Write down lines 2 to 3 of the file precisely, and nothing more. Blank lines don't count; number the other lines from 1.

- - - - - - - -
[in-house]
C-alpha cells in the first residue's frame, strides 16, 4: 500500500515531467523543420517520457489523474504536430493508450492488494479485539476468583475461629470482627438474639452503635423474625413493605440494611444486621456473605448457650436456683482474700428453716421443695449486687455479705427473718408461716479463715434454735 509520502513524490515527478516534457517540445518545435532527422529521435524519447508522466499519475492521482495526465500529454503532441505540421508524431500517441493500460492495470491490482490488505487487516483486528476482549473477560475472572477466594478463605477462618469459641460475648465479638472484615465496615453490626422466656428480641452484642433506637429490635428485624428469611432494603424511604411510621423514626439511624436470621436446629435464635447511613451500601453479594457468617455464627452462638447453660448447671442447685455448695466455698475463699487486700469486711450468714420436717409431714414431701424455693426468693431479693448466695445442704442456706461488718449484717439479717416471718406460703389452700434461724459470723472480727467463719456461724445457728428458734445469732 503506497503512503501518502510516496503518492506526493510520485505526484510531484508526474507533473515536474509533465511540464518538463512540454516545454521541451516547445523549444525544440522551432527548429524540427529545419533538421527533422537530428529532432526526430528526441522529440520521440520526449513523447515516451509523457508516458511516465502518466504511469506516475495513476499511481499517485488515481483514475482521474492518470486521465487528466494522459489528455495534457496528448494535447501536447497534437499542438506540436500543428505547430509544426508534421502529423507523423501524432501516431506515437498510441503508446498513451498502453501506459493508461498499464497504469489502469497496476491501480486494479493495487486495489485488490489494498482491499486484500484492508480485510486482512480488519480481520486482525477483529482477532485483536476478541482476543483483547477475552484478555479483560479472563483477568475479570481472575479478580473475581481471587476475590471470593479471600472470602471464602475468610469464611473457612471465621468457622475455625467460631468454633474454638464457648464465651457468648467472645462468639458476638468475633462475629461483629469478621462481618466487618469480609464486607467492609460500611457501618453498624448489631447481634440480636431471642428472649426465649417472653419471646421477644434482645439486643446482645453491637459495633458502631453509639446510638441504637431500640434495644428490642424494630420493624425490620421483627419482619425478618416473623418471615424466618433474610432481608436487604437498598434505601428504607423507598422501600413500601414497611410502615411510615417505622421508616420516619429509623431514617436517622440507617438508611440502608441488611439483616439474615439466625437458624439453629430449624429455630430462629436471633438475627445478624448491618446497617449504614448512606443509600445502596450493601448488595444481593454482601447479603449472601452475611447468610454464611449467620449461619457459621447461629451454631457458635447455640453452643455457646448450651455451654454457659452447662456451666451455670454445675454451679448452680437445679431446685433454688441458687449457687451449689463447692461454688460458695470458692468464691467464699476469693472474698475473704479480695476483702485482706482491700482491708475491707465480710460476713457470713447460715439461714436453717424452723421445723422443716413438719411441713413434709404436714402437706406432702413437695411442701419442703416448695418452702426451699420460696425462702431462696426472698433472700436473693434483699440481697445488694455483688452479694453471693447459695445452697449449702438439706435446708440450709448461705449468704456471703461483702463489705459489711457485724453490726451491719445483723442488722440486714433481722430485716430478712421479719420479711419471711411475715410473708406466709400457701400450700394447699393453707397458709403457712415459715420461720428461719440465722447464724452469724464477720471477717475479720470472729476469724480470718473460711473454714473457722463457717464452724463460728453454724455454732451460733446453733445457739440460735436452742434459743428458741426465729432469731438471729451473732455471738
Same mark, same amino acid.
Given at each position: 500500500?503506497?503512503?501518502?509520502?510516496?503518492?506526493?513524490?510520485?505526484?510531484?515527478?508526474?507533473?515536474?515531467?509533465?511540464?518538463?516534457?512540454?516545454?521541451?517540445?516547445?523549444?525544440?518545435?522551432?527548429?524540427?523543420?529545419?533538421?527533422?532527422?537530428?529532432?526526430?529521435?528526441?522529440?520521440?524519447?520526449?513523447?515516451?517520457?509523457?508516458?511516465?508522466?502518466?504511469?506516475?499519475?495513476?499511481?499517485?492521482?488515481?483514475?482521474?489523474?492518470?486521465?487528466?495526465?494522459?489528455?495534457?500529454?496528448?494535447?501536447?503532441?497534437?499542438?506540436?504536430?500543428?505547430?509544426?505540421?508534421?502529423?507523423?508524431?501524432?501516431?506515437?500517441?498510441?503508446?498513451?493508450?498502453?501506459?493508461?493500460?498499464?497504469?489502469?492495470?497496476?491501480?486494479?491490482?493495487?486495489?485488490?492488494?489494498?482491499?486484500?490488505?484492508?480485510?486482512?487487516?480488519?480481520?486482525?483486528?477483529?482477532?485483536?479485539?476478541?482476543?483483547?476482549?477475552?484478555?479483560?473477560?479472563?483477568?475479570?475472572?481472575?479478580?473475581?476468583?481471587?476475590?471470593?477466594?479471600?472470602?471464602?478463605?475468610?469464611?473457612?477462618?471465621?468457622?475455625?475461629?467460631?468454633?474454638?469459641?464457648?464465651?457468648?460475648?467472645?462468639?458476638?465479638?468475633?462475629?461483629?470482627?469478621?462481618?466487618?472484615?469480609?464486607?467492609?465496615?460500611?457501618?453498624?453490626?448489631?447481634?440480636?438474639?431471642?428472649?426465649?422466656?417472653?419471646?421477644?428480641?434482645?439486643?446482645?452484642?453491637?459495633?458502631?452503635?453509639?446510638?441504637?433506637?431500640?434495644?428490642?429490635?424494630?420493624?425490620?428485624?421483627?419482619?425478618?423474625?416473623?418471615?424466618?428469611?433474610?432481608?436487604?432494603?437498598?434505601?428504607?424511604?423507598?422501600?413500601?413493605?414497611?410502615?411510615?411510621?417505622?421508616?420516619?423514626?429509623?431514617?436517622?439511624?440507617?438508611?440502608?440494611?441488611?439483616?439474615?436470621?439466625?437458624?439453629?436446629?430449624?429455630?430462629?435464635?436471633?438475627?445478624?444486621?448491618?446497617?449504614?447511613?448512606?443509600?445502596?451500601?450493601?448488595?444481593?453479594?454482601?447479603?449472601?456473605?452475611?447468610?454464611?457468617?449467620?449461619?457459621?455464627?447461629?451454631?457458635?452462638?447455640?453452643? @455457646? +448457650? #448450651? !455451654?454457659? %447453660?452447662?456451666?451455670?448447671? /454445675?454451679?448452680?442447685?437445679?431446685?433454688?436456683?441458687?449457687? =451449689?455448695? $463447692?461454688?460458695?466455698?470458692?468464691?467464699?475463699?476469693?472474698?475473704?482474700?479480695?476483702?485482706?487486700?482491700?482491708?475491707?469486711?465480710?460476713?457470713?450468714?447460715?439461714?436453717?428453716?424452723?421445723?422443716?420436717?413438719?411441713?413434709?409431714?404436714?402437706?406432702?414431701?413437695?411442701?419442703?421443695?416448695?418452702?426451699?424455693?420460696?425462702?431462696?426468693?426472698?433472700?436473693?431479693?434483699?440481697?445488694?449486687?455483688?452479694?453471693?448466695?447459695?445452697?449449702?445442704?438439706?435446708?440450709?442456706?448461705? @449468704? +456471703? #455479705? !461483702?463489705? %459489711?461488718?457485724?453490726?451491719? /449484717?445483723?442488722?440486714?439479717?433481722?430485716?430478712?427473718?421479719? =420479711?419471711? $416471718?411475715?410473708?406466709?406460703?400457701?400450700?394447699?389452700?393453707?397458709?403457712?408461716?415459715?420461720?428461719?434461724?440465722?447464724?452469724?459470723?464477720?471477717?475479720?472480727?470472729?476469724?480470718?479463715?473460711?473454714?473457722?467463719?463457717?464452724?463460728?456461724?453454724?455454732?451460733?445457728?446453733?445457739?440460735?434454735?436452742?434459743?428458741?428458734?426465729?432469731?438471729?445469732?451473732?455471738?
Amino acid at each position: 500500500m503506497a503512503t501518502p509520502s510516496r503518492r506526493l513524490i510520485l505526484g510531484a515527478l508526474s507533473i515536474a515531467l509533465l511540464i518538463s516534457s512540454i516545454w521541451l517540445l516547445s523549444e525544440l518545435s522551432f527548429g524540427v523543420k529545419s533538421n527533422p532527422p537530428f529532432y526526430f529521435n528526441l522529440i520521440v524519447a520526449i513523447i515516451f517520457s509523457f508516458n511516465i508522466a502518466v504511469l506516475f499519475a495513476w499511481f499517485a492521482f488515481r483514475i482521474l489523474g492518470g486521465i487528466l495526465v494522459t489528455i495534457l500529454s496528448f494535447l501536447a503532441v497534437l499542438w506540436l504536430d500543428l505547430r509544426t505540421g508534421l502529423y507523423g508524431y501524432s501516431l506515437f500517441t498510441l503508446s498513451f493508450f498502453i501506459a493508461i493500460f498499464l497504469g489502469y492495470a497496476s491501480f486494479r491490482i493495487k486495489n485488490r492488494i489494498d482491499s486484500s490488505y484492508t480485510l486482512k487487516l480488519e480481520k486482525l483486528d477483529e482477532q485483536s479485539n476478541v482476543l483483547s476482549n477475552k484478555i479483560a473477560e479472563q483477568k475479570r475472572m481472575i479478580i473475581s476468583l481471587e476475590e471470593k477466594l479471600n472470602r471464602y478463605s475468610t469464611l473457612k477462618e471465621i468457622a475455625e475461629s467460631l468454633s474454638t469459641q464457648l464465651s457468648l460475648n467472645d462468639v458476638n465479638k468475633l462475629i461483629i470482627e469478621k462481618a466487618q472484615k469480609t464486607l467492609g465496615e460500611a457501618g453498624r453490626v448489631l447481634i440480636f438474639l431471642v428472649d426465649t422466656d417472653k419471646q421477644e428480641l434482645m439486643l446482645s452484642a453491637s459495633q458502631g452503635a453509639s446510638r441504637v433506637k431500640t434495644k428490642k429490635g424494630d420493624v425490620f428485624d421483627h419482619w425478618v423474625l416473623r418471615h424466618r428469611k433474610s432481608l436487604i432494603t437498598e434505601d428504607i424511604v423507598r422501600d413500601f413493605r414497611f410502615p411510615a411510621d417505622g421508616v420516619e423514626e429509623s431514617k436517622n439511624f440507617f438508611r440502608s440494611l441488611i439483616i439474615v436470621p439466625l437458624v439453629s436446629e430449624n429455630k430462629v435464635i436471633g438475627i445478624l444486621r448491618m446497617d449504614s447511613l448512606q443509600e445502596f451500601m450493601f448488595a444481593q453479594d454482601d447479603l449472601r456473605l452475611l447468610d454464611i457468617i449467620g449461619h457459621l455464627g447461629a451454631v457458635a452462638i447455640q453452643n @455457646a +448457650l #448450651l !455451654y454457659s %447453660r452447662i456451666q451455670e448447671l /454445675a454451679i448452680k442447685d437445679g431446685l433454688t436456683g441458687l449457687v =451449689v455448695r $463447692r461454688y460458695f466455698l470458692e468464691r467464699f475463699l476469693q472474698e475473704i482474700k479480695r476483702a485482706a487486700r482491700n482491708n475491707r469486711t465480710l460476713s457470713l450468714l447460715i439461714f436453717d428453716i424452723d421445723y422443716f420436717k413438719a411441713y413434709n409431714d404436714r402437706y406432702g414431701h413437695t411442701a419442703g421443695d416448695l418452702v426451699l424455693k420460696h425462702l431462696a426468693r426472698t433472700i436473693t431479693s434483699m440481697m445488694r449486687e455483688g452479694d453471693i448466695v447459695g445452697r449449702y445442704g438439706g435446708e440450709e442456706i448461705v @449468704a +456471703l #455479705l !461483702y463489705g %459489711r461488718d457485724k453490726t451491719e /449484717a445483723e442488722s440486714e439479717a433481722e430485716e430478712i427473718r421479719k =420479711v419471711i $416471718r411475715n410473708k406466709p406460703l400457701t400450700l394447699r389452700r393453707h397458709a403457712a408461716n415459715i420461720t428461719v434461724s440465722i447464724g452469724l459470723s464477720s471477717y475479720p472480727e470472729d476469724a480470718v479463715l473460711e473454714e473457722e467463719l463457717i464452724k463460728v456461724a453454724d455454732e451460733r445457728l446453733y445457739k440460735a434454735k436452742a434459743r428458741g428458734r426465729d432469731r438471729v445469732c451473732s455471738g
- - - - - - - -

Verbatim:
C-alpha cells in the first residue's frame, strides 16, 4: 500500500515531467523543420517520457489523474504536430493508450492488494479485539476468583475461629470482627438474639452503635423474625413493605440494611444486621456473605448457650436456683482474700428453716421443695449486687455479705427473718408461716479463715434454735 509520502513524490515527478516534457517540445518545435532527422529521435524519447508522466499519475492521482495526465500529454503532441505540421508524431500517441493500460492495470491490482490488505487487516483486528476482549473477560475472572477466594478463605477462618469459641460475648465479638472484615465496615453490626422466656428480641452484642433506637429490635428485624428469611432494603424511604411510621423514626439511624436470621436446629435464635447511613451500601453479594457468617455464627452462638447453660448447671442447685455448695466455698475463699487486700469486711450468714420436717409431714414431701424455693426468693431479693448466695445442704442456706461488718449484717439479717416471718406460703389452700434461724459470723472480727467463719456461724445457728428458734445469732 503506497503512503501518502510516496503518492506526493510520485505526484510531484508526474507533473515536474509533465511540464518538463512540454516545454521541451516547445523549444525544440522551432527548429524540427529545419533538421527533422537530428529532432526526430528526441522529440520521440520526449513523447515516451509523457508516458511516465502518466504511469506516475495513476499511481499517485488515481483514475482521474492518470486521465487528466494522459489528455495534457496528448494535447501536447497534437499542438506540436500543428505547430509544426508534421502529423507523423501524432501516431506515437498510441503508446498513451498502453501506459493508461498499464497504469489502469497496476491501480486494479493495487486495489485488490489494498482491499486484500484492508480485510486482512480488519480481520486482525477483529482477532485483536476478541482476543483483547477475552484478555479483560479472563483477568475479570481472575479478580473475581481471587476475590471470593479471600472470602471464602475468610469464611473457612471465621468457622475455625467460631468454633474454638464457648464465651457468648467472645462468639458476638468475633462475629461483629469478621462481618466487618469480609464486607467492609460500611457501618453498624448489631447481634440480636431471642428472649426465649417472653419471646421477644434482645439486643446482645453491637459495633458502631453509639446510638441504637431500640434495644428490642424494630420493624425490620421483627419482619425478618416473623418471615424466618433474610432481608436487604437498598434505601428504607423507598422501600413500601414497611410502615411510615417505622421508616420516619429509623431514617436517622440507617438508611440502608441488611439483616439474615439466625437458624439453629430449624429455630430462629436471633438475627445478624448491618446497617449504614448512606443509600445502596450493601448488595444481593454482601447479603449472601452475611447468610454464611449467620449461619457459621447461629451454631457458635447455640453452643455457646448450651455451654454457659452447662456451666451455670454445675454451679448452680437445679431446685433454688441458687449457687451449689463447692461454688460458695470458692468464691467464699476469693472474698475473704479480695476483702485482706482491700482491708475491707465480710460476713457470713447460715439461714436453717424452723421445723422443716413438719411441713413434709404436714402437706406432702413437695411442701419442703416448695418452702426451699420460696425462702431462696426472698433472700436473693434483699440481697445488694455483688452479694453471693447459695445452697449449702438439706435446708440450709448461705449468704456471703461483702463489705459489711457485724453490726451491719445483723442488722440486714433481722430485716430478712421479719420479711419471711411475715410473708406466709400457701400450700394447699393453707397458709403457712415459715420461720428461719440465722447464724452469724464477720471477717475479720470472729476469724480470718473460711473454714473457722463457717464452724463460728453454724455454732451460733446453733445457739440460735436452742434459743428458741426465729432469731438471729451473732455471738
Same mark, same amino acid.